Hastings and Yakima Resident Raise Concerns at Committee Hearing Over the Negative Impacts of Federal Water Grab
New federal water directives threatens jobs, farmers, and local economies
Today, the House Natural Resources Subcommittee Water and Power held an oversight hearing on “New Federal Schemes to Soak Up Water Authority: Impacts on States, Water Users, Recreation, and Jobs.” The hearing examined recent actions by the Obama Administration to turn over longstanding water rights and eliminate multiple land and water uses on and off federal lands.
The proposed “Waters of the U.S.” regulation and the U.S. Forest Service’s Groundwater Directive are measures proposed by the Obama Administration that many believe are land and water grabs. The U.S. Department of Agriculture (U.S. Forest Service) and Bureau of Reclamation refused the Committee’s invitation to send witnesses to testify and answer questions regarding the proposed regulations. However, witnesses representing small businesses from across the nation testified on the impacts of the proposed Obama Administration regulations, including higher food, water, and electricity costs, the undermining of states’ rights, and current and future water supply infrastructure.
“We can foster water development for people and species if the federal government chooses not to erect hurdles to new projects,” said House Natural Resources Committee Chairman Doc Hastings. “Yet, the two proposals in front of us – the EPA’s ‘Waters of the U.S.’ and the Forest Service’s new ‘Groundwater Directive’ do nothing more than make it more difficult to rehabilitate or build new projects that benefit agriculture, municipalities, species and habitat.”
During the hearing, both Hastings and Yakima resident Larry Martin raised specific concerns about the impact that the Forest Service’s Directive could have on the Yakima River Basin Integrated Water Resource Management Plan.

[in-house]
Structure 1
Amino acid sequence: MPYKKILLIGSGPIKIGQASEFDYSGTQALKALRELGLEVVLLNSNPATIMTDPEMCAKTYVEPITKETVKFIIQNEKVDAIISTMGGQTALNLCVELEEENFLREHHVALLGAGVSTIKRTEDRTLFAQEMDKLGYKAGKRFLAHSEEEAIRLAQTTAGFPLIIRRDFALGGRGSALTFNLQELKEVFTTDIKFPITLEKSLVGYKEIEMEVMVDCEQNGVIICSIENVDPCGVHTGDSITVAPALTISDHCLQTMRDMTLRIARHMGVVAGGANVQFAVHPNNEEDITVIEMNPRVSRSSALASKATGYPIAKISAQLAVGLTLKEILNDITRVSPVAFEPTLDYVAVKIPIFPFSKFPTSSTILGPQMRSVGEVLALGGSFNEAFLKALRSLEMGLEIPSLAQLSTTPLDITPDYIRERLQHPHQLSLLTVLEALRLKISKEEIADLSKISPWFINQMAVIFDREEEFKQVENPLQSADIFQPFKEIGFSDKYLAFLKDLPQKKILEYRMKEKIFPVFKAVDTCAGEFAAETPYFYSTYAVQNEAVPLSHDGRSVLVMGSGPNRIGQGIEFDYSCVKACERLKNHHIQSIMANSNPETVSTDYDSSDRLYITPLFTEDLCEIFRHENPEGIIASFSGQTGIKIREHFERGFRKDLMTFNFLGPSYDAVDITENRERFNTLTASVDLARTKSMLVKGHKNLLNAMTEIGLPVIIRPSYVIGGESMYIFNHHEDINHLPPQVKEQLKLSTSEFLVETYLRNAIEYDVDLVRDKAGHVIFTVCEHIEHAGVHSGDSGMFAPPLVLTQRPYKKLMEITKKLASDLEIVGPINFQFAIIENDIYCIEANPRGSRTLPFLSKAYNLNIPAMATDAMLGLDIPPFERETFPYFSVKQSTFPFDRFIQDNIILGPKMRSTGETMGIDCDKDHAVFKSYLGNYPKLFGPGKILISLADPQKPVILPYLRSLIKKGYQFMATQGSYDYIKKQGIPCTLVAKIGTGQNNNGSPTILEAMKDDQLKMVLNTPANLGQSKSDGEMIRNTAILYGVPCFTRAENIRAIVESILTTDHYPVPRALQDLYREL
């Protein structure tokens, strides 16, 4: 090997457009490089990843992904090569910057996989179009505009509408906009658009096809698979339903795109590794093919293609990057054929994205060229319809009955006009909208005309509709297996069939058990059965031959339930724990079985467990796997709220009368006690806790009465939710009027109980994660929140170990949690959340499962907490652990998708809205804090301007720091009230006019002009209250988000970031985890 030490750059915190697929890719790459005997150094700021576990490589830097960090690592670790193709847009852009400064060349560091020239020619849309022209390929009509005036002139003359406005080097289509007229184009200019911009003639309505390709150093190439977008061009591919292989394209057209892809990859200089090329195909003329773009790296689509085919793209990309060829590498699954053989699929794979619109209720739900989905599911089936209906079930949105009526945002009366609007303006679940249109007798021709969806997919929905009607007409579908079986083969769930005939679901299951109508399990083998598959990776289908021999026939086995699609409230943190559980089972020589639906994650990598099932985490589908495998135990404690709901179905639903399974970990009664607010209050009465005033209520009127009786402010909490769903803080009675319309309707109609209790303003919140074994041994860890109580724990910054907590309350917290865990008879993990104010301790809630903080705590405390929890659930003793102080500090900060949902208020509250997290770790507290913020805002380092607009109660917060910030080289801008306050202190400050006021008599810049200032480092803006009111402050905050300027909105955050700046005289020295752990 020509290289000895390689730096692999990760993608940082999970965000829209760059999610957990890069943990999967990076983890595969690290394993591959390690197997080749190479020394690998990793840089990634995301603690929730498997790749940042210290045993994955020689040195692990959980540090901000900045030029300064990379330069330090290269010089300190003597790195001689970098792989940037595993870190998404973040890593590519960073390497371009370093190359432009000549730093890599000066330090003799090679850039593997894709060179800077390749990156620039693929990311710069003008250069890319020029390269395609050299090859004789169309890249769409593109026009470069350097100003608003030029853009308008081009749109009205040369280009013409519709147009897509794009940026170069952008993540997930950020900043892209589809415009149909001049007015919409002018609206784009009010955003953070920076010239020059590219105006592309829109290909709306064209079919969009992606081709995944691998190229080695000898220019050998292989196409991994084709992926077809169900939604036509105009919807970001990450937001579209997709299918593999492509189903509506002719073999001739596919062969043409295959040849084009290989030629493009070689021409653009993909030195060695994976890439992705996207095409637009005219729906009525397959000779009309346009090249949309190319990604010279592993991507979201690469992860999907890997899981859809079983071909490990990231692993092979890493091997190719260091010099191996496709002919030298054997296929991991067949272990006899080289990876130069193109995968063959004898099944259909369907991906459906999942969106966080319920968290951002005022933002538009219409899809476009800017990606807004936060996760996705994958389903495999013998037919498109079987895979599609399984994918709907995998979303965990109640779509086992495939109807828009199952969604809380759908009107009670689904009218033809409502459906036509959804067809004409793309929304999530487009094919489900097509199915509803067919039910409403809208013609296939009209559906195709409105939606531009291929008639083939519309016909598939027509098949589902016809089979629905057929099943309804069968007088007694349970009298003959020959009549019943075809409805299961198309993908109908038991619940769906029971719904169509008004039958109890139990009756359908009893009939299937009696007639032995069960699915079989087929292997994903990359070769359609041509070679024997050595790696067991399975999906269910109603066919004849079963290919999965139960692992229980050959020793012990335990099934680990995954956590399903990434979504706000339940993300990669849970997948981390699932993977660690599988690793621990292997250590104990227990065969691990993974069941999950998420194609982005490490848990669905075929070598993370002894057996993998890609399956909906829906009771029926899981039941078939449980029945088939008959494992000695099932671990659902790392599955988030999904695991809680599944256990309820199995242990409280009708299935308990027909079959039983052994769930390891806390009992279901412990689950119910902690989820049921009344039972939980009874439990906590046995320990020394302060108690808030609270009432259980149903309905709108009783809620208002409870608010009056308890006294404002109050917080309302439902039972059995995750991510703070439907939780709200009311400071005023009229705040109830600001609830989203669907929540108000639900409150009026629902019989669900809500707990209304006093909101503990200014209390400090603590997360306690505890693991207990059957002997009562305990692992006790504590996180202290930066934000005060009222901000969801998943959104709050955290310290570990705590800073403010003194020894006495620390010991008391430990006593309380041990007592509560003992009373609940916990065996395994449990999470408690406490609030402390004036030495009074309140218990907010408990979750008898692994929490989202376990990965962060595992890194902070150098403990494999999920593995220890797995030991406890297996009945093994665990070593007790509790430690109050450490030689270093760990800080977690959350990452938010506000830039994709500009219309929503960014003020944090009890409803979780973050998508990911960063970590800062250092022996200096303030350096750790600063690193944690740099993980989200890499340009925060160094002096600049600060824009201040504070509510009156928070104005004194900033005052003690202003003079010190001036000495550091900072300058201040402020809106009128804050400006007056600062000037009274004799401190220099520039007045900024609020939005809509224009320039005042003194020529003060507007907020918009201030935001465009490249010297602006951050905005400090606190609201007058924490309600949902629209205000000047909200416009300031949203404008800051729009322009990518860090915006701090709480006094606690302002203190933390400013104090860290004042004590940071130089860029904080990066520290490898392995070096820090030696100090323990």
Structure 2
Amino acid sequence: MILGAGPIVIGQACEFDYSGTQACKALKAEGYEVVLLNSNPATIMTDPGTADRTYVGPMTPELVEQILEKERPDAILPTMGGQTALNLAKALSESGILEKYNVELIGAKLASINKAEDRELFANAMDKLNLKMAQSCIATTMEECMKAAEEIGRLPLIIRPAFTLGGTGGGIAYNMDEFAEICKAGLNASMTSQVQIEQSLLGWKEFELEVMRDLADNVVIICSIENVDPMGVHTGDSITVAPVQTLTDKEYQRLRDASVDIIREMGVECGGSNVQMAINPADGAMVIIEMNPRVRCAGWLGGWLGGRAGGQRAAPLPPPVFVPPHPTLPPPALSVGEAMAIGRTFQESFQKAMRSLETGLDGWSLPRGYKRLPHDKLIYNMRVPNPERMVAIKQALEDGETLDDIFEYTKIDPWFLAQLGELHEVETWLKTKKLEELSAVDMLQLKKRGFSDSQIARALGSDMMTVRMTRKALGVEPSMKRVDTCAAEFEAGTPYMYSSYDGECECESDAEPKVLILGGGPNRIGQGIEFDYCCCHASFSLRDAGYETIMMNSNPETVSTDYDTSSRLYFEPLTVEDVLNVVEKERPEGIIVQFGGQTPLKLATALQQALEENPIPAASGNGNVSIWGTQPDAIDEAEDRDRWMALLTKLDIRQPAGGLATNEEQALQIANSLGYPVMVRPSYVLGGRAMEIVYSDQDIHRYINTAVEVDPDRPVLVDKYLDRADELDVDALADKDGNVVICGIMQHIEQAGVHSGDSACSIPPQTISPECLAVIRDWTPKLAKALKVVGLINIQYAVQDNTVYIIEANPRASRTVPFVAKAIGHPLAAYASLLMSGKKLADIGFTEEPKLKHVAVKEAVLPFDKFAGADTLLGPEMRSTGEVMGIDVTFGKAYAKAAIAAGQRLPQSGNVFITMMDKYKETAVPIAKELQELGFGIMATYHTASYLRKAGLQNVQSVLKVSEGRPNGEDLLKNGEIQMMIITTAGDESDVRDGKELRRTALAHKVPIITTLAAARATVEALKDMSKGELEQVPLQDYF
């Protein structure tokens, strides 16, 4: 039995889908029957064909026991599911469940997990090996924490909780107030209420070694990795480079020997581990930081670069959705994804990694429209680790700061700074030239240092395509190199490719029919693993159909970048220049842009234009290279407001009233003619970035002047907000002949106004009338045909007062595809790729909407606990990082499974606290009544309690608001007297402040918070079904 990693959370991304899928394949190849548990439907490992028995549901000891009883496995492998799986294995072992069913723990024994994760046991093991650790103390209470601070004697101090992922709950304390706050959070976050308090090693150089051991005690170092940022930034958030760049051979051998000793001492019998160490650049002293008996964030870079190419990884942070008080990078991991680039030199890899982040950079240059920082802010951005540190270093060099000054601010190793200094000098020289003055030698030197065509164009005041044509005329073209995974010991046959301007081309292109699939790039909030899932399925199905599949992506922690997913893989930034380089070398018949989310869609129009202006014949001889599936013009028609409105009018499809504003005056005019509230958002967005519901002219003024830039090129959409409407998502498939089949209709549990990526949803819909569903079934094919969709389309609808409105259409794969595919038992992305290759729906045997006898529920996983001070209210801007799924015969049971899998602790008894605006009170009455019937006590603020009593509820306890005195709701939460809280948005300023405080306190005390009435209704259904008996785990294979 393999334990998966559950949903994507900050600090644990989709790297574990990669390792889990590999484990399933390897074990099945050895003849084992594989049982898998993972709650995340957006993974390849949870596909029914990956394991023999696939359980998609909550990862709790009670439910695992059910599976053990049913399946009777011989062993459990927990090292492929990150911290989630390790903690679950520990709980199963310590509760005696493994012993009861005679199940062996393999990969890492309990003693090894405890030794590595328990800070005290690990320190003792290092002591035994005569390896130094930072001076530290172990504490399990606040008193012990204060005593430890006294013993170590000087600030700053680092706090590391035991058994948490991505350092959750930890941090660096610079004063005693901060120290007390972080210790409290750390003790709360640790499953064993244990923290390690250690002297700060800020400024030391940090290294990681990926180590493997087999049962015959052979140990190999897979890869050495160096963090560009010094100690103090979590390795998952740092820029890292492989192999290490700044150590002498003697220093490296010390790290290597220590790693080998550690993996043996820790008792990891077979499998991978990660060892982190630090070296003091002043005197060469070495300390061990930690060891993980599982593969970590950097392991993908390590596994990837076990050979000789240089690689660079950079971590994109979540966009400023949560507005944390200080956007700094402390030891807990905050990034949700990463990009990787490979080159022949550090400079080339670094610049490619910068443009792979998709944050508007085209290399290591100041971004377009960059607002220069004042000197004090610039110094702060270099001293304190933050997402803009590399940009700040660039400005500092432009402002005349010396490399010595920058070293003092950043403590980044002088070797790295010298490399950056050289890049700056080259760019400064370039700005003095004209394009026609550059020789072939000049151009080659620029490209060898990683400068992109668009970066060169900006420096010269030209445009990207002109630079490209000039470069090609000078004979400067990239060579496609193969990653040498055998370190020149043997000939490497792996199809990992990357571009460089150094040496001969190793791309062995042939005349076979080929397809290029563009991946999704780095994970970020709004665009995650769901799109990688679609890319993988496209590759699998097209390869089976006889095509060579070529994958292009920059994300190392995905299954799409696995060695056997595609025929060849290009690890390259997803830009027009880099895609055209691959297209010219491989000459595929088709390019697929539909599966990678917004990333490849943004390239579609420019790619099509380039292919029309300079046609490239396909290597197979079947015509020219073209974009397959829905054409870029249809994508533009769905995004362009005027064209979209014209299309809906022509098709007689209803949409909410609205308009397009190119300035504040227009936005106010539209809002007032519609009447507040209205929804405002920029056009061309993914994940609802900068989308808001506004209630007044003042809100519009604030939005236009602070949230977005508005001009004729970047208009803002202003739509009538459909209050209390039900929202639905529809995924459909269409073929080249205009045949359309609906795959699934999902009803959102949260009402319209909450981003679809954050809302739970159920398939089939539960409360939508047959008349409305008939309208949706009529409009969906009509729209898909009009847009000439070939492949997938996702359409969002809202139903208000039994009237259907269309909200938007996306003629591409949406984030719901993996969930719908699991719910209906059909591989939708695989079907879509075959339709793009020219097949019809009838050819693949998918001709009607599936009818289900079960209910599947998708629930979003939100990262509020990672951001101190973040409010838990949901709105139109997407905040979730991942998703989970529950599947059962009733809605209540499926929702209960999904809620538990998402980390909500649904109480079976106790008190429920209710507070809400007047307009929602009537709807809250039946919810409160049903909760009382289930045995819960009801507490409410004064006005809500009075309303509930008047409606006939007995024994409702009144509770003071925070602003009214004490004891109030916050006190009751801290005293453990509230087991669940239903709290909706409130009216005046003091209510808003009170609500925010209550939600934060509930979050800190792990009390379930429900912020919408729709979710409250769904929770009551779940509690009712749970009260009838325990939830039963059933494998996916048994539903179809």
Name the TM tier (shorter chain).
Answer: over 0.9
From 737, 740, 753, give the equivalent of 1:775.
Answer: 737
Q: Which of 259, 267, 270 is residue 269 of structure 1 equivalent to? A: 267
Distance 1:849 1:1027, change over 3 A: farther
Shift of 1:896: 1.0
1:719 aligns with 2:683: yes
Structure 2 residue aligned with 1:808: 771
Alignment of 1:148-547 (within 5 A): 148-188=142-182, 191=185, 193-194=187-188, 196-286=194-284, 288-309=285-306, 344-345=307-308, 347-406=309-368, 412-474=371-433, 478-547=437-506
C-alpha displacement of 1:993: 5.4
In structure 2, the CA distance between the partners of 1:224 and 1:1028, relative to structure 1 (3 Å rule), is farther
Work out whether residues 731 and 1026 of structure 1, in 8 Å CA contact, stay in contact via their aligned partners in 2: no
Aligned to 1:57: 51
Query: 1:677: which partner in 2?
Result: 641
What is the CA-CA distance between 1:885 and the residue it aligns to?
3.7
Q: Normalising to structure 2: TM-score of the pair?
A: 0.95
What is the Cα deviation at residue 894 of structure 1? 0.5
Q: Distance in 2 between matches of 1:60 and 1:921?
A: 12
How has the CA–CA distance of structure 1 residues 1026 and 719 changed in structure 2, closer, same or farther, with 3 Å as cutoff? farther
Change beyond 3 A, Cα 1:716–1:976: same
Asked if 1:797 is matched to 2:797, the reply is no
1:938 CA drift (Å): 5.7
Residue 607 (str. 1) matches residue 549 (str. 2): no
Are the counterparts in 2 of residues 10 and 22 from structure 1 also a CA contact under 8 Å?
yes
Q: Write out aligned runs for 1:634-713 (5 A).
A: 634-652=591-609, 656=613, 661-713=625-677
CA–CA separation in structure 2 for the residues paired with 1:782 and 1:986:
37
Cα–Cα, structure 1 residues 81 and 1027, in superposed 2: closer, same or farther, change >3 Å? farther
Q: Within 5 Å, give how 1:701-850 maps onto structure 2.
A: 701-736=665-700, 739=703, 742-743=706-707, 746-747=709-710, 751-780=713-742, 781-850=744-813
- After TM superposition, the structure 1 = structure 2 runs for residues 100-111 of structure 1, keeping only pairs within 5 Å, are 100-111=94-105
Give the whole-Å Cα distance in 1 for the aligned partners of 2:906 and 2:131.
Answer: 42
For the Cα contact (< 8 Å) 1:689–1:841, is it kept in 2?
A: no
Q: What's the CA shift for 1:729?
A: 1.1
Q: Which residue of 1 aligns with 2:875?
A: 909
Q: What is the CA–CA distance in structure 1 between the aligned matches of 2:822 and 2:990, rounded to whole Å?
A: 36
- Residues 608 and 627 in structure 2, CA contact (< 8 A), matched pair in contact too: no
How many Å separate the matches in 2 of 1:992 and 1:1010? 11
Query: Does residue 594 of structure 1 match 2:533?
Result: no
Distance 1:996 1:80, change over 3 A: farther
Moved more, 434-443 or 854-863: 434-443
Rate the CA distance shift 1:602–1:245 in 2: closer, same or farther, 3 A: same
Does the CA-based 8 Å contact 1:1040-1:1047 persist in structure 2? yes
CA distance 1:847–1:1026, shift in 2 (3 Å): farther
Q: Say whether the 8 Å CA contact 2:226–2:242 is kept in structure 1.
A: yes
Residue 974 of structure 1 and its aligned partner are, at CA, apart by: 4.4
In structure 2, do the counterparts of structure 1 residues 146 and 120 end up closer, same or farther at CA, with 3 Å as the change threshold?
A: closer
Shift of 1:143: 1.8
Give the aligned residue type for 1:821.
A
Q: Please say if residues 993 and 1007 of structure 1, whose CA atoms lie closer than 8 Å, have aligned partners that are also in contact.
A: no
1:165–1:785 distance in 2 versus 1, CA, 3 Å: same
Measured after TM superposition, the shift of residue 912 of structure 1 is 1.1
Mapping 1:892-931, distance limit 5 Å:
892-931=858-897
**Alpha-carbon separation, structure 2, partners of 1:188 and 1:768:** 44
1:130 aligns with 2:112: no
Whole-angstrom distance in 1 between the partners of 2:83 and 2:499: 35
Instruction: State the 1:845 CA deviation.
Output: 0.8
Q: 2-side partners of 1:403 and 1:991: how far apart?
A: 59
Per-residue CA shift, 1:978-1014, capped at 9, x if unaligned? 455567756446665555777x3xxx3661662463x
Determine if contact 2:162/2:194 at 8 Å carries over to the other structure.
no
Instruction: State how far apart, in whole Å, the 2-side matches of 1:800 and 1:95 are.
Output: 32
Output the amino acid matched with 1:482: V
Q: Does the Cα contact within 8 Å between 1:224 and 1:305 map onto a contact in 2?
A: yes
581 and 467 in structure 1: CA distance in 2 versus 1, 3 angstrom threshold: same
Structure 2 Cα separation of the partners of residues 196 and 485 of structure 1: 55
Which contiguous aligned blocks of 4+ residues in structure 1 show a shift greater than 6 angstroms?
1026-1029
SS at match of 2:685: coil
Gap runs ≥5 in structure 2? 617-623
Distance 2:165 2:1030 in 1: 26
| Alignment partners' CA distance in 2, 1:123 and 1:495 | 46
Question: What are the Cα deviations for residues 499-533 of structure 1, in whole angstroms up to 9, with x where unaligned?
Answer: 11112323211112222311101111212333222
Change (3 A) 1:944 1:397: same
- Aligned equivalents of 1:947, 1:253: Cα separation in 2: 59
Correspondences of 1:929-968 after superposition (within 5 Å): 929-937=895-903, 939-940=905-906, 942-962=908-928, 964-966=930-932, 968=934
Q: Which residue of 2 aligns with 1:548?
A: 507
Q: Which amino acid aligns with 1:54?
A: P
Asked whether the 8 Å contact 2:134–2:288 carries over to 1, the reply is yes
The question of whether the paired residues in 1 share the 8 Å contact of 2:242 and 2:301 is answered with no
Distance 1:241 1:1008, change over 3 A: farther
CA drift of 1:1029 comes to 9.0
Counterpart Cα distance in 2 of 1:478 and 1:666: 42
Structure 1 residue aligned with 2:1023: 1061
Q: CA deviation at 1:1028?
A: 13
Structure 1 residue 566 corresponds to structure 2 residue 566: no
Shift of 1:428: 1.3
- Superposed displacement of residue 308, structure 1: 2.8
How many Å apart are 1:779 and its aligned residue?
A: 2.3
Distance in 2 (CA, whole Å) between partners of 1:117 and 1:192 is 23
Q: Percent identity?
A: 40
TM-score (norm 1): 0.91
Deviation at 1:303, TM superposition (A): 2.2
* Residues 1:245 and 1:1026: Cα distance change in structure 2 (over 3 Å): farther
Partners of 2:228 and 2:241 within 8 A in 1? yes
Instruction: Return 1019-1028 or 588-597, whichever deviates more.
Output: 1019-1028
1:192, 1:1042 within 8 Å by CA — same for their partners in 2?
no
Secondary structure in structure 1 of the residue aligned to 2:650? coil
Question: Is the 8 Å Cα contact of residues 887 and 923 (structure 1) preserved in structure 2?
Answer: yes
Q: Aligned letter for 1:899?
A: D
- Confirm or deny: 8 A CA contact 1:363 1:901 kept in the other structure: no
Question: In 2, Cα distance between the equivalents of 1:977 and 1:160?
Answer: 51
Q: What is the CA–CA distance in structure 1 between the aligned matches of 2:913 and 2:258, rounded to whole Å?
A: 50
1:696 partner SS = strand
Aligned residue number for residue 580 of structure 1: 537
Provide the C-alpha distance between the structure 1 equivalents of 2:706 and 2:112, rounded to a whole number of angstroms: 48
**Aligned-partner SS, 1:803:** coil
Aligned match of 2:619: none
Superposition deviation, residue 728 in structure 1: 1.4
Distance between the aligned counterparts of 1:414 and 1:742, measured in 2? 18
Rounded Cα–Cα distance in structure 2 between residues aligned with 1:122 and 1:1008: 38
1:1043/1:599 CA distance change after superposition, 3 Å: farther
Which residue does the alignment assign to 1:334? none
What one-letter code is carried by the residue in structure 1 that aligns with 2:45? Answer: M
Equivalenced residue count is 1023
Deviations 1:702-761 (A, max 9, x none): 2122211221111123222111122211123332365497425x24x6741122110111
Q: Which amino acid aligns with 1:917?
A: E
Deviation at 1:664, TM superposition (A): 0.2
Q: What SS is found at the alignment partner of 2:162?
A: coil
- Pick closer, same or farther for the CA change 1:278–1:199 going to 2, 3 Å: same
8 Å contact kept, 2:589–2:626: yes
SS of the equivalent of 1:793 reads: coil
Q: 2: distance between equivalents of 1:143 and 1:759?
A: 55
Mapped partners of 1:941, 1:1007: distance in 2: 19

“In the Yakima Basin, after decades of fighting resulting in inaction, water users representing agriculture, municipal, tribal and environmental interests throughout the region put aside their differences to craft a water plan that meets everyone’s needs,” said Larry Martin, who testified at the hearing on behalf of the National Water Resources Association. “Essential elements of the Yakima Basin Integrated Plan are improvements to reservoirs located on Forest Service lands…the Forest Service Directive could delay or derail the implementation of this vital, innovative, and broadly supported plan, including already approved projects that will provide water for fish and habitat.”
At the beginning of today’s hearing, the House Water and Power Subcommittee Chairman Tom McClintock released a letter from Hastings and over 40 Members of Congress, representing Americans from across the country, urging U.S. Department of Agriculture Secretary Tom Vilsack to withdraw this Groundwater Directive.
In addition, Hastings has previously raised concerns about the impacts of the Environmental Protection Agency (EPA) and Army Corps of Engineers’ federal water grab, which could place nearly every body of water ranging from irrigation canals to small ponds and seasonal ditches under the unlimited authority of the federal government. In May, Hastings joined more than 200 Members of Congress on a bipartisan letter calling on the EPA and Army Corps of Engineers to withdraw their plan to expand federal control under the Clean Water Act. Click here to read a recent weekly column that Hastings wrote on the job-killing proposal.